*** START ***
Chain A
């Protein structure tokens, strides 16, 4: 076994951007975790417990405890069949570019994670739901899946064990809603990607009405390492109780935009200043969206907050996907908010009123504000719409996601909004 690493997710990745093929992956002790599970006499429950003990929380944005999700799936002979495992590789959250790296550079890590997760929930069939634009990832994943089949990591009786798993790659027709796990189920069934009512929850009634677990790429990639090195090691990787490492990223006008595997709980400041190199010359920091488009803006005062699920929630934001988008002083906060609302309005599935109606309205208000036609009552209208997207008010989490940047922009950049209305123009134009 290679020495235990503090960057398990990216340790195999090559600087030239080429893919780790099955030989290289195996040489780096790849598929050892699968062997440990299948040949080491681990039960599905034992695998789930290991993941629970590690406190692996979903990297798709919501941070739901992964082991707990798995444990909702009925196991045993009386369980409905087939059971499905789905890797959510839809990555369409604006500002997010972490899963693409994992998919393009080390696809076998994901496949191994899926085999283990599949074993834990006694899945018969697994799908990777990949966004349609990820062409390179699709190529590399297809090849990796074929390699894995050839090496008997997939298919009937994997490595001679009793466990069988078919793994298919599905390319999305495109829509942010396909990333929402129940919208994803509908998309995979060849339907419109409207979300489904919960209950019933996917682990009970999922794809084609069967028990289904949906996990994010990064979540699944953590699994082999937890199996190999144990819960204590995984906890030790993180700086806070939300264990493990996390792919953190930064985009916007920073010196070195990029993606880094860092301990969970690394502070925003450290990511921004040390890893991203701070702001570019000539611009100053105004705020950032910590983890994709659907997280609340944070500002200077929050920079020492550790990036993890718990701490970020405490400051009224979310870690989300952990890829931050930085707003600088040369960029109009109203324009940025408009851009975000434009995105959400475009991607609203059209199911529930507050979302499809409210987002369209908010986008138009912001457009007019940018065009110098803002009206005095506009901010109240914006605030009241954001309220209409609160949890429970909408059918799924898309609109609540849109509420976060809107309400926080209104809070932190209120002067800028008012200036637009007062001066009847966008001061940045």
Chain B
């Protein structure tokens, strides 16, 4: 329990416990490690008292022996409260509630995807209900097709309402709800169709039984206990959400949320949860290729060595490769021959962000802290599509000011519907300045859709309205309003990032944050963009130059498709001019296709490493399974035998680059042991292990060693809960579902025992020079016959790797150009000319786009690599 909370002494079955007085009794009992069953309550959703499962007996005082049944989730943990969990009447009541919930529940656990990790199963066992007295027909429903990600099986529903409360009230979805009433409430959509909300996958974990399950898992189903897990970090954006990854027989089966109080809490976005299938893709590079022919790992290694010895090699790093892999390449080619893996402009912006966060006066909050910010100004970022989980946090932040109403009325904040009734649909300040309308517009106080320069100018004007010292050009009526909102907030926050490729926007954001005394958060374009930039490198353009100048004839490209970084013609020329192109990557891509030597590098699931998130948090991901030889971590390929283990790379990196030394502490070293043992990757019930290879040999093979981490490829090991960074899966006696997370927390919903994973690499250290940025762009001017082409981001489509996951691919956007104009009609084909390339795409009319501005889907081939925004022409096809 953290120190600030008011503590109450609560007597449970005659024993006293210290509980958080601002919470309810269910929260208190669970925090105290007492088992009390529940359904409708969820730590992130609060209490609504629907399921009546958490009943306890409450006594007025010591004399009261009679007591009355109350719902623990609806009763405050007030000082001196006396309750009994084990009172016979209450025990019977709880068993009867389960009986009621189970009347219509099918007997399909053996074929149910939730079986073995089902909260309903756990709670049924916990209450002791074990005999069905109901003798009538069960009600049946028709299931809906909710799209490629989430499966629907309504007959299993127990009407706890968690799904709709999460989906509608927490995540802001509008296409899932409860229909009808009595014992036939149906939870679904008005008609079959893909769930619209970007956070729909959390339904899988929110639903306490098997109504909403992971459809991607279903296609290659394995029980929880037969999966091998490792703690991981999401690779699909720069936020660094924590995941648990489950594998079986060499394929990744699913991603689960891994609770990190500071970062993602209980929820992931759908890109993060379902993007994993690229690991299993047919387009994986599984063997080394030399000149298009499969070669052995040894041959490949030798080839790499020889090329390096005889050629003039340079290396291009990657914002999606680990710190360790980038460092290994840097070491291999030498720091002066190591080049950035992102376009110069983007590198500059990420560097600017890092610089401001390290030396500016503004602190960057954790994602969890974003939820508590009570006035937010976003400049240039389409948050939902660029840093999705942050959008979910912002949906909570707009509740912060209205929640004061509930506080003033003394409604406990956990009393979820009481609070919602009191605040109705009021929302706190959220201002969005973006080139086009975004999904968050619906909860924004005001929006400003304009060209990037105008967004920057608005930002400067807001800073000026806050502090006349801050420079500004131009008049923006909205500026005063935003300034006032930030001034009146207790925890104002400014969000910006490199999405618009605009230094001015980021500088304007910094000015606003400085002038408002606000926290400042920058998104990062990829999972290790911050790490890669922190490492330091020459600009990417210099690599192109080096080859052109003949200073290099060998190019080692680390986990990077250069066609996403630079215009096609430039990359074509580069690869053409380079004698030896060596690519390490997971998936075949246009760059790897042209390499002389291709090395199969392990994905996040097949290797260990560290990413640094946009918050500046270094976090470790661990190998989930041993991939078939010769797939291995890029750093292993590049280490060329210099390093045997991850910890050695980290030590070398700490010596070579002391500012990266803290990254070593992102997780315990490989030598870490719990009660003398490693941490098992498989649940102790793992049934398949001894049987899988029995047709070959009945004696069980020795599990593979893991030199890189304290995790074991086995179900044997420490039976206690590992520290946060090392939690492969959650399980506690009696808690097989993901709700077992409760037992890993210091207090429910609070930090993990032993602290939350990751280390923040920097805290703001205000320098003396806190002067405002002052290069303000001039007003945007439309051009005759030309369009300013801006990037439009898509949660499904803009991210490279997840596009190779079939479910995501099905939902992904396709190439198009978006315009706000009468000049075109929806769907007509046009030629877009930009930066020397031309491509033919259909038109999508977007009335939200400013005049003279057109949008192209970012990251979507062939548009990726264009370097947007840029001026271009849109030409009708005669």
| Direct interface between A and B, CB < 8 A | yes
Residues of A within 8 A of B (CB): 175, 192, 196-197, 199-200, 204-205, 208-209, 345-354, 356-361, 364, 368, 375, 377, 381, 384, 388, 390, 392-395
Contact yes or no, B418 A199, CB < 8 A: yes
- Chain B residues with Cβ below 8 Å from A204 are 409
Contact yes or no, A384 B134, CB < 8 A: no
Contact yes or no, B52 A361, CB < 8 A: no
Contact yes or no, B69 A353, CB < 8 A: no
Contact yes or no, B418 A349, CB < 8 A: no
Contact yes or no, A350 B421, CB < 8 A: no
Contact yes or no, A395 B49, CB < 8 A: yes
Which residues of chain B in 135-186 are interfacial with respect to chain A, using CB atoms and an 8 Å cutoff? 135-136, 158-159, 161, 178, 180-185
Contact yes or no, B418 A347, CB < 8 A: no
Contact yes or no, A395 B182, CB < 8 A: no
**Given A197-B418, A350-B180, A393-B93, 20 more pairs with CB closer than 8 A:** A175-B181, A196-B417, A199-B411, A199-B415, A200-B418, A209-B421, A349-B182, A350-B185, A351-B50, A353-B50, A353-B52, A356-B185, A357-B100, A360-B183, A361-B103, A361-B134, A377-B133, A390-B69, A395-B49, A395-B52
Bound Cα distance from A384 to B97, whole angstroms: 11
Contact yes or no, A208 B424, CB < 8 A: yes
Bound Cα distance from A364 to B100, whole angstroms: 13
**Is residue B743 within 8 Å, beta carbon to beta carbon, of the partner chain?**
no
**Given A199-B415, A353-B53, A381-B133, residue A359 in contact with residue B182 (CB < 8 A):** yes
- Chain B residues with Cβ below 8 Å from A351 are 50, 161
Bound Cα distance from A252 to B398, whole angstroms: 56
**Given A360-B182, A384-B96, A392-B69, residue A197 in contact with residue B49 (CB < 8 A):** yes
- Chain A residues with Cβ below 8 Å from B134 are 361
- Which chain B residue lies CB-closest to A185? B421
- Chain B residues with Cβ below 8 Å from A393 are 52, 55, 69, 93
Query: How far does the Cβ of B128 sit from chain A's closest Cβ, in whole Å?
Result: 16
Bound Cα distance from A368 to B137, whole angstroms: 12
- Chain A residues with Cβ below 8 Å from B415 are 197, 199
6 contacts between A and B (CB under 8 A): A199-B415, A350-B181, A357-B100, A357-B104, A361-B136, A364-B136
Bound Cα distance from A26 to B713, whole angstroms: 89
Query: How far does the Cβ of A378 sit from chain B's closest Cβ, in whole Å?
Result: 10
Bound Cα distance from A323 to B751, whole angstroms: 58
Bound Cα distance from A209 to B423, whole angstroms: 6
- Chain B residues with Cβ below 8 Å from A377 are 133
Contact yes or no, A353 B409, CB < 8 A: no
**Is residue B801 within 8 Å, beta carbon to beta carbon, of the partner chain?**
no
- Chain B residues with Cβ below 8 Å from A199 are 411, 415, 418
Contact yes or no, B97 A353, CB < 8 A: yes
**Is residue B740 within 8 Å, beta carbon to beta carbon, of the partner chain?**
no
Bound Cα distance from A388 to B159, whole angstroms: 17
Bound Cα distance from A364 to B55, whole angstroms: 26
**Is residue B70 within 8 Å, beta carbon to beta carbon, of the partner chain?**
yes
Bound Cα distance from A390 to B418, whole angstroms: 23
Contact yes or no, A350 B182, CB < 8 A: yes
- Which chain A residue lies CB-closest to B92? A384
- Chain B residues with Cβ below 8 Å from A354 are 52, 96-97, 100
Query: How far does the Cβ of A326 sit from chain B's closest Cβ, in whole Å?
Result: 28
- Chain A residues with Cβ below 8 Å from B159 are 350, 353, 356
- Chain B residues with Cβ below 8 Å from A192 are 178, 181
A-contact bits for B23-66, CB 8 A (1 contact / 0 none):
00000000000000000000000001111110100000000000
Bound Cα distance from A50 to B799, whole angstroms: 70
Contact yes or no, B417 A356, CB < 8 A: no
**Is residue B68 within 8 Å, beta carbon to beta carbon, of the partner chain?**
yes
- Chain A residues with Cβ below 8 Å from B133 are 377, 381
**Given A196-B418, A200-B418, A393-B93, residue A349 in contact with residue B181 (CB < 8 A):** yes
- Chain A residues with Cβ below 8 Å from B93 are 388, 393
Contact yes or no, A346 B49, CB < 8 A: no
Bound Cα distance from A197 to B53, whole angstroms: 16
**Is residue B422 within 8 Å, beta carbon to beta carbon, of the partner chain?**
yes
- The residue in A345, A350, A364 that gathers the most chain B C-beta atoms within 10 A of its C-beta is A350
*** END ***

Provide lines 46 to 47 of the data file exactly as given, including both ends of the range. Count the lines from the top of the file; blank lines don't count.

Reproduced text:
Contact yes or no, B97 A353, CB < 8 A: yes
**Is residue B740 within 8 Å, beta carbon to beta carbon, of the partner chain?**